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Thank you kindly for your time and attention today.
Lately, some of my most positively received posts to Twitter have involved thoughts on work-communication etiquette I have learned or refined in recent memory. I shared three last month, so I shall reprise them here.
In phone conferences, use Jeopardy! timing rules. Like the guests on the well-regarded American quiz show, when someone asks a question to which you know the answer, wait until the asker finishes before buzzing in with your response.
Yes, even if you know exactly how the rest of the question’s gonna go based on the first few familiar words. Perhaps you feel you do everyone a favor with your efficiency. I am here to tell you that from the point of view of everyone else on the call, you are just interrupting people repeatedly, and you sound like an ass. (Further, when a man pulls this on a woman, he sounds like a sexist ass, to boot.)
This behavior also runs the counter-intuitive risk of making the meeting longer — or even delaying the whole project! By shutting down the question after hearing five words and assuming you know how the subsequent thirty-seven will go, any nuance, secondary queries, or other unforeseen parts of the question will likely remain unasked. The asker will get back to work with the answer you shoved at them, and it might end up leading them down a wholly wrong path because the question they were going to ask was two degrees different than the assumed one you answered. But they didn’t know that, and you didn’t have the patience to find out, and so here you all are again on another conference call about why the project’s late.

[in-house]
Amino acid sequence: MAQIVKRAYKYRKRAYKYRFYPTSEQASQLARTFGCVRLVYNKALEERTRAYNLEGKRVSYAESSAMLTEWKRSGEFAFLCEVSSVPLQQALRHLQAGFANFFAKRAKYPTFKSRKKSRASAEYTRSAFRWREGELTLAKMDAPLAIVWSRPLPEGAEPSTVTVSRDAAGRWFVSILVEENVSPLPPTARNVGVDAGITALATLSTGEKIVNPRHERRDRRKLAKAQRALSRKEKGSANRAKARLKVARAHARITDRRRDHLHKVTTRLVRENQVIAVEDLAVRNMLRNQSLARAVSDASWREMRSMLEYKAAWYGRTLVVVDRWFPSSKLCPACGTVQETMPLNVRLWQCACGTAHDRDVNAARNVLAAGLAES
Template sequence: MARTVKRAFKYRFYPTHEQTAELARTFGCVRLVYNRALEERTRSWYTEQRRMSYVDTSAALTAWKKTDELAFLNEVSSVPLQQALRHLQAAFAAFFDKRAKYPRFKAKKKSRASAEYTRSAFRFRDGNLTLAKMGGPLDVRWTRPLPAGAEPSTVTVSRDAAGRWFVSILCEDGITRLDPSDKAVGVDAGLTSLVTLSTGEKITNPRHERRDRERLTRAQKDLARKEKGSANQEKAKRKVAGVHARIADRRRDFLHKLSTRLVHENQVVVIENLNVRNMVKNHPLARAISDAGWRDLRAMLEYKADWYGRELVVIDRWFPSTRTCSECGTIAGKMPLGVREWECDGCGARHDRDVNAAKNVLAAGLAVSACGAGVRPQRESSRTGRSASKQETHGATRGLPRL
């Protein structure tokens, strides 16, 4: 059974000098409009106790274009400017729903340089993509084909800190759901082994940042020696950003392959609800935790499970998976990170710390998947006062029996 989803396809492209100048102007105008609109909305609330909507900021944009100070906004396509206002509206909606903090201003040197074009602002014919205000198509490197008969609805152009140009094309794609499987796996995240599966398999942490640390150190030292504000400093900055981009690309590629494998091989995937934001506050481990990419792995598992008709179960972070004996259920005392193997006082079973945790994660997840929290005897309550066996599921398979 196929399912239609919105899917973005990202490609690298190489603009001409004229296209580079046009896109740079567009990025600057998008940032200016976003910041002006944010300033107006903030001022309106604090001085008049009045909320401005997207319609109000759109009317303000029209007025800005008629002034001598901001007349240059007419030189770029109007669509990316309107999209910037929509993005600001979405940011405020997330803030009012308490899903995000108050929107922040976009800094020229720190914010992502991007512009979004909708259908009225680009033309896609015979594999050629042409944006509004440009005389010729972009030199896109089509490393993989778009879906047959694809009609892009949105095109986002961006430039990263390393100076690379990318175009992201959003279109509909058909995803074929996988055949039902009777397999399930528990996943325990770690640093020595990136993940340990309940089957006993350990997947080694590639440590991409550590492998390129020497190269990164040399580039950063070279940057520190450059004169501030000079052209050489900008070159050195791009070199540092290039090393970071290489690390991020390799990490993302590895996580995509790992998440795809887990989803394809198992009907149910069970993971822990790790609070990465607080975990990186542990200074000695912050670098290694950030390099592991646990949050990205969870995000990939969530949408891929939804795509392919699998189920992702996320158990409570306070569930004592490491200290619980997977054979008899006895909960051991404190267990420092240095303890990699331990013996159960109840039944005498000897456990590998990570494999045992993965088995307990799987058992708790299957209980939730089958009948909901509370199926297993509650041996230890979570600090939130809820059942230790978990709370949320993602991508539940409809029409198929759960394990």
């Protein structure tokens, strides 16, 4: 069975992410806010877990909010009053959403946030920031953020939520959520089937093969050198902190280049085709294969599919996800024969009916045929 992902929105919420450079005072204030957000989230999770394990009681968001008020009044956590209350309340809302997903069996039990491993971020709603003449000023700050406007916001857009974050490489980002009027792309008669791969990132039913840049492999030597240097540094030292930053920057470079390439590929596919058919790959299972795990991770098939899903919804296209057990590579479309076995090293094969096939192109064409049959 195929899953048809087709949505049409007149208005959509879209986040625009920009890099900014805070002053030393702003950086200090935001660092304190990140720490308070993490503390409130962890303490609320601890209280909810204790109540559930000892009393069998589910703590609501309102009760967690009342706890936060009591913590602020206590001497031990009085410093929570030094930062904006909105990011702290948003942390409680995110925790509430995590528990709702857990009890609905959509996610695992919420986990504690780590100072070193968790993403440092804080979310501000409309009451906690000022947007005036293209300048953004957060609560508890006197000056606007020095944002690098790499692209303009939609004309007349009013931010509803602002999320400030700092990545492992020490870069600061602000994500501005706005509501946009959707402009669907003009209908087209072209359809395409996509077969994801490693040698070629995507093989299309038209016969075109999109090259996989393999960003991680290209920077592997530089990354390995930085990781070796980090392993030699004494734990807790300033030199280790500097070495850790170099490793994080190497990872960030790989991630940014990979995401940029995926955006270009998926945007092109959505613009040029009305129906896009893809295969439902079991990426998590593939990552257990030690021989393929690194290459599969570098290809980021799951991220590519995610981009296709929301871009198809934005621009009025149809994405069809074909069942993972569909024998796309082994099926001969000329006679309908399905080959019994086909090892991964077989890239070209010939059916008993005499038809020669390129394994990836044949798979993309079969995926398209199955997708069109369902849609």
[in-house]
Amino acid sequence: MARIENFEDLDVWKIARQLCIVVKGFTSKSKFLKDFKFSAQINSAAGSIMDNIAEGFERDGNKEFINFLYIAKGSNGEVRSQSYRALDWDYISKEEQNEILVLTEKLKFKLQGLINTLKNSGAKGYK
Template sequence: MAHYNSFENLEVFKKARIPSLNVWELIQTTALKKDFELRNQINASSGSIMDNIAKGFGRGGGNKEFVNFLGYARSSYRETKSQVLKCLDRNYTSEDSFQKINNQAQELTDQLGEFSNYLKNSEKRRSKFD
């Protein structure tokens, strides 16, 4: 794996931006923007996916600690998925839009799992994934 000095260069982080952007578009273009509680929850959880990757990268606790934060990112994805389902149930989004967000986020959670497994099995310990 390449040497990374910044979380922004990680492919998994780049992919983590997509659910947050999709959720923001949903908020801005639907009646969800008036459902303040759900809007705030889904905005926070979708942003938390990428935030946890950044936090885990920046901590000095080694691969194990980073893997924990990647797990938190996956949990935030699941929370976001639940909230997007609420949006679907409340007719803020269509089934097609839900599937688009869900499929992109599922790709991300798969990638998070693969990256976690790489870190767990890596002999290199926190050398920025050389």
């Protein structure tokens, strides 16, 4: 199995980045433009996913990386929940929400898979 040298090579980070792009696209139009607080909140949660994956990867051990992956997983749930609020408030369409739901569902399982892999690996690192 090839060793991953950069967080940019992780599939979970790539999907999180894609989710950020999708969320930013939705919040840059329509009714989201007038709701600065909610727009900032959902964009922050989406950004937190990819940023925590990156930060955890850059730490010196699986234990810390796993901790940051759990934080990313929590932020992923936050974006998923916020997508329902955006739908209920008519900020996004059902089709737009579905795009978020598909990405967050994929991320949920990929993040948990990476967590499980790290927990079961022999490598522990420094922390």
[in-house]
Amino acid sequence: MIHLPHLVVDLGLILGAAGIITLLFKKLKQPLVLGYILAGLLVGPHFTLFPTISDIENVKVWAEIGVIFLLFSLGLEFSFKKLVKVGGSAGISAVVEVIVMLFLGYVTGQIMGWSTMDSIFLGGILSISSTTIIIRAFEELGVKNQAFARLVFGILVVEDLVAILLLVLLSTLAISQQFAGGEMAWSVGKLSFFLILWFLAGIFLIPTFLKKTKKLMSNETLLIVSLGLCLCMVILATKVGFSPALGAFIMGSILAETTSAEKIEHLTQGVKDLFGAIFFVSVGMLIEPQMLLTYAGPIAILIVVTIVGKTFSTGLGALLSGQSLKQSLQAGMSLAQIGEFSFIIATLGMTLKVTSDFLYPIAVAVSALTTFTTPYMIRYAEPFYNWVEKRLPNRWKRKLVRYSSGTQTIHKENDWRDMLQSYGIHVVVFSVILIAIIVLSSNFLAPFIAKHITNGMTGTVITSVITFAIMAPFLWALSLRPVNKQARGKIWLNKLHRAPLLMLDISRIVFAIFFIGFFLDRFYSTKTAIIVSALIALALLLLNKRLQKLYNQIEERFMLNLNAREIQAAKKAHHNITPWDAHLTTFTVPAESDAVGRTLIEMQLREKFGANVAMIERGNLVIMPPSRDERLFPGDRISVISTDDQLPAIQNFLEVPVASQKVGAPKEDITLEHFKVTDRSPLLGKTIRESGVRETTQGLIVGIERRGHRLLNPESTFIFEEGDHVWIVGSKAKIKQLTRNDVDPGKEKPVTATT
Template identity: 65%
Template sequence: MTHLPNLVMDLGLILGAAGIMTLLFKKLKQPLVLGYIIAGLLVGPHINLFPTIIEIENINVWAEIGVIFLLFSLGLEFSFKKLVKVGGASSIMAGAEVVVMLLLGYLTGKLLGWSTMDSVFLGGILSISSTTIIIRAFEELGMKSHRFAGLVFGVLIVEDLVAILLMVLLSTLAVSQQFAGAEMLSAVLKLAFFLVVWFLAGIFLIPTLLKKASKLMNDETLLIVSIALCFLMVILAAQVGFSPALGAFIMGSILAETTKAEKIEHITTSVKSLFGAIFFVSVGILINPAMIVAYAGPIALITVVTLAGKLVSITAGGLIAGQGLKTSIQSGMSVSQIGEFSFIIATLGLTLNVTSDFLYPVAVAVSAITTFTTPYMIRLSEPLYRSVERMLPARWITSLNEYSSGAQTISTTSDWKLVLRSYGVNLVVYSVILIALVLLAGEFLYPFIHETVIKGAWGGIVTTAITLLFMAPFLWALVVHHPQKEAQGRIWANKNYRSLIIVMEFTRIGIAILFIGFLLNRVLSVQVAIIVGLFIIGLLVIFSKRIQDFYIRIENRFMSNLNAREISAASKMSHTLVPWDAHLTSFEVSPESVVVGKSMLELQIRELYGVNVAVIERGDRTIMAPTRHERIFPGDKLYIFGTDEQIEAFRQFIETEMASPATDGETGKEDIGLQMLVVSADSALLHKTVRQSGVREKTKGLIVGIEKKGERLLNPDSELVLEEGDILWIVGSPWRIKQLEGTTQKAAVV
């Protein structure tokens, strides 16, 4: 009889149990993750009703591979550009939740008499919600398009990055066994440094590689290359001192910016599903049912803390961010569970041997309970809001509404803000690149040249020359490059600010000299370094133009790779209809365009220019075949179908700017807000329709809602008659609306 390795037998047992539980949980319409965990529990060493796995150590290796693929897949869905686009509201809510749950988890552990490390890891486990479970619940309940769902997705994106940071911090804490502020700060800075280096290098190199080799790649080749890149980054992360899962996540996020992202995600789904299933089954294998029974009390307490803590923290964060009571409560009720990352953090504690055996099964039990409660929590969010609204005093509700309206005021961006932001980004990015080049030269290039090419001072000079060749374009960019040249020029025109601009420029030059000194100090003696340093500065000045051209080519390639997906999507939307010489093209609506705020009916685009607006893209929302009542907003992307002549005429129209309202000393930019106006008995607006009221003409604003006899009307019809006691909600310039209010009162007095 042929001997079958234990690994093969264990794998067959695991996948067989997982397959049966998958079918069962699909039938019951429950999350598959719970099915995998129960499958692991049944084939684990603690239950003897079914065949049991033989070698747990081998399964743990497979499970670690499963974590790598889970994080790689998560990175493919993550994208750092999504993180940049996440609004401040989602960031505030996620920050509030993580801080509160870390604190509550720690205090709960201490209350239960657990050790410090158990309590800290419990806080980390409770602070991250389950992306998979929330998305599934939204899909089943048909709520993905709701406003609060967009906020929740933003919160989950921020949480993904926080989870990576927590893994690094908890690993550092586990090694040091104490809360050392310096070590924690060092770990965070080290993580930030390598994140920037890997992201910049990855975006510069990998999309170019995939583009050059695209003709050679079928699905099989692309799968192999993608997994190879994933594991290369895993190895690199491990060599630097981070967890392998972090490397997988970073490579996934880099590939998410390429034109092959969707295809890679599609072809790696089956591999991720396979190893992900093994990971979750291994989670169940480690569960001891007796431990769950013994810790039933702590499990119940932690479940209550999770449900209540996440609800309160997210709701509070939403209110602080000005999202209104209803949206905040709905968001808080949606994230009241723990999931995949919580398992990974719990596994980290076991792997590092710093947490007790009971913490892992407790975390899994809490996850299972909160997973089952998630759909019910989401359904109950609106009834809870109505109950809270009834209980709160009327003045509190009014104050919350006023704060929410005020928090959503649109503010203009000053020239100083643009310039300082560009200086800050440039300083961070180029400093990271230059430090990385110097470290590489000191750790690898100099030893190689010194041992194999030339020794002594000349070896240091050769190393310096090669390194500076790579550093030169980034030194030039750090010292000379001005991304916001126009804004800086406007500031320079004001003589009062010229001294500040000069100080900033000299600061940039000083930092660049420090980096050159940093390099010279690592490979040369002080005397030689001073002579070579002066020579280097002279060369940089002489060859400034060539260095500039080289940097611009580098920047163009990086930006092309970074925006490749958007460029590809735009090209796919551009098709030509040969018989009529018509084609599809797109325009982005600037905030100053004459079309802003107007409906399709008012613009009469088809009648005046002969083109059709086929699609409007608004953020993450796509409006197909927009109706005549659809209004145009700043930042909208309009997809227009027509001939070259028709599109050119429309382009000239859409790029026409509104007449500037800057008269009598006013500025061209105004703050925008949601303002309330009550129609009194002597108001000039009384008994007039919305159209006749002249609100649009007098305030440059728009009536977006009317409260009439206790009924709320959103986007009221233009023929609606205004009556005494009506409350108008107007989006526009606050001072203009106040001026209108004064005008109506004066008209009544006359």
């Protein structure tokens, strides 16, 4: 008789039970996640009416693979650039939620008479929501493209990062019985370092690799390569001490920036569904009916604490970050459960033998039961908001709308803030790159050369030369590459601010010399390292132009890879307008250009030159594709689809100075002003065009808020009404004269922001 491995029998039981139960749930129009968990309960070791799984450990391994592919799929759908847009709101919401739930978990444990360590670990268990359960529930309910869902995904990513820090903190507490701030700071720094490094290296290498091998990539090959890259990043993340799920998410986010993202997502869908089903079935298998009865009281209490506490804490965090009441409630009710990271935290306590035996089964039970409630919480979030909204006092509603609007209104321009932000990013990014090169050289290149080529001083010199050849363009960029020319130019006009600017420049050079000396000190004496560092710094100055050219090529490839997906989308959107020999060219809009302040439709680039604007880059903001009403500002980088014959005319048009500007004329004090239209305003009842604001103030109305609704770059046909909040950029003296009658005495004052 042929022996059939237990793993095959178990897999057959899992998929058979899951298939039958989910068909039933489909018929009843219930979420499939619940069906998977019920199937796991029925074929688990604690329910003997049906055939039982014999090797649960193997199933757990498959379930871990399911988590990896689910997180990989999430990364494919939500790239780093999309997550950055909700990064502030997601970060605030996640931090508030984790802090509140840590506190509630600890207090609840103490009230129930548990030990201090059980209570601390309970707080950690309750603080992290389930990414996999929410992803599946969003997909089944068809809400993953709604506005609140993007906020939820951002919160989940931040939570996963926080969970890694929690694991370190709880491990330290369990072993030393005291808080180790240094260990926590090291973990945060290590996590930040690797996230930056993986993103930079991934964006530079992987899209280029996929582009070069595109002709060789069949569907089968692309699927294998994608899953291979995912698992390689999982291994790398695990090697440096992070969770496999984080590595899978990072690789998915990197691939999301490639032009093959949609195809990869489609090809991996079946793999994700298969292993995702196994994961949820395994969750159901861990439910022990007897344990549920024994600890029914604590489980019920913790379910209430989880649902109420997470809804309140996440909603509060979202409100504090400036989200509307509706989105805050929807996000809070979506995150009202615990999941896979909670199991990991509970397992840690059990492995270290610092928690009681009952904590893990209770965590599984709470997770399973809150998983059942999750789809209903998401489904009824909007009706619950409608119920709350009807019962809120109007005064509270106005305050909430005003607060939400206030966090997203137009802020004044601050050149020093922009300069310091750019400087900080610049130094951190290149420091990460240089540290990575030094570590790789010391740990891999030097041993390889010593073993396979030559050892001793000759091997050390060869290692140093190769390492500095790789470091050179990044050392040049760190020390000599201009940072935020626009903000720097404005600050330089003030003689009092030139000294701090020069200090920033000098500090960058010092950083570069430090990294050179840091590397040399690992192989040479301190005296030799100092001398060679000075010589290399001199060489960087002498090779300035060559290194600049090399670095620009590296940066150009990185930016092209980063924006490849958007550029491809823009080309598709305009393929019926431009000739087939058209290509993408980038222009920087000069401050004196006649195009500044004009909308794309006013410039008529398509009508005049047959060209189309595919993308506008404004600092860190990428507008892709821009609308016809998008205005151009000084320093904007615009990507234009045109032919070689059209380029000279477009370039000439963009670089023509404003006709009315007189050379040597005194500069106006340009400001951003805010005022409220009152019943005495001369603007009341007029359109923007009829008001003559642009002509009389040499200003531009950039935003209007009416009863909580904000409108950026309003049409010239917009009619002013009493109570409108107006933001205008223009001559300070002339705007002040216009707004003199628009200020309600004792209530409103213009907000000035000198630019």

So, yeah. Please show a little patience, on those long calls!
Favor Thank you for your patience over Sorry I’m late. The former phrasing is no less true or polite than the latter, and it shines positive reflection onto both parties at the start of the conversation, rather than negative. An overt “You display virtuous patience, and I feel grateful” versus an implied “You radiate impatience, and I regret my involvement.”
Hanon Ondricek replied to my tweet on this topic with this cartoon by Yao Xiao which compellingly argues that this principle extends generally to all sorts of social situations where a display of gratitude can prove far more buoyant than a downer apology.
Avoid Why aren’t you using [X]?. Too often I see this formulation when a sincere newcomer asks a community why their code doesn’t work, and provides the non-working code for examination.
Yes, the use of a certain facet of the language in question — let’s call it X, here — might indeed represent the best solution, and we might do the newbie a favor to educate them. But packaging your advice as “Why aren’t you using X?” basically says “I know you haven’t learned about X yet, and I want to hear you admit your ignorance.” Or, worse: “Please explain to me why your code is bad and you are dumb?” In either case, it insults the learner for having the gall to ask questions, and can discourage them from seeking any further advice (or, indeed, continuing to use the technology).
Please consider couching your advice in more positive language, instead. For example, “Have you considered using X?” encourages a hopeful reply of “No, what’s that?” rather than a helpless “I don’t know what that is!” (with an unspoken “I guess I should have already known about X before coming here, and now I feel pretty stupid”).
Note that you don’t have to type out a reply in full, especially when helping with common newbie mistakes; there’s no sin in pasting an appropriate FAQ URL at the petitioner, when available. (And if no FAQ exists to link to, well… that’s on you to fix, perhaps?)
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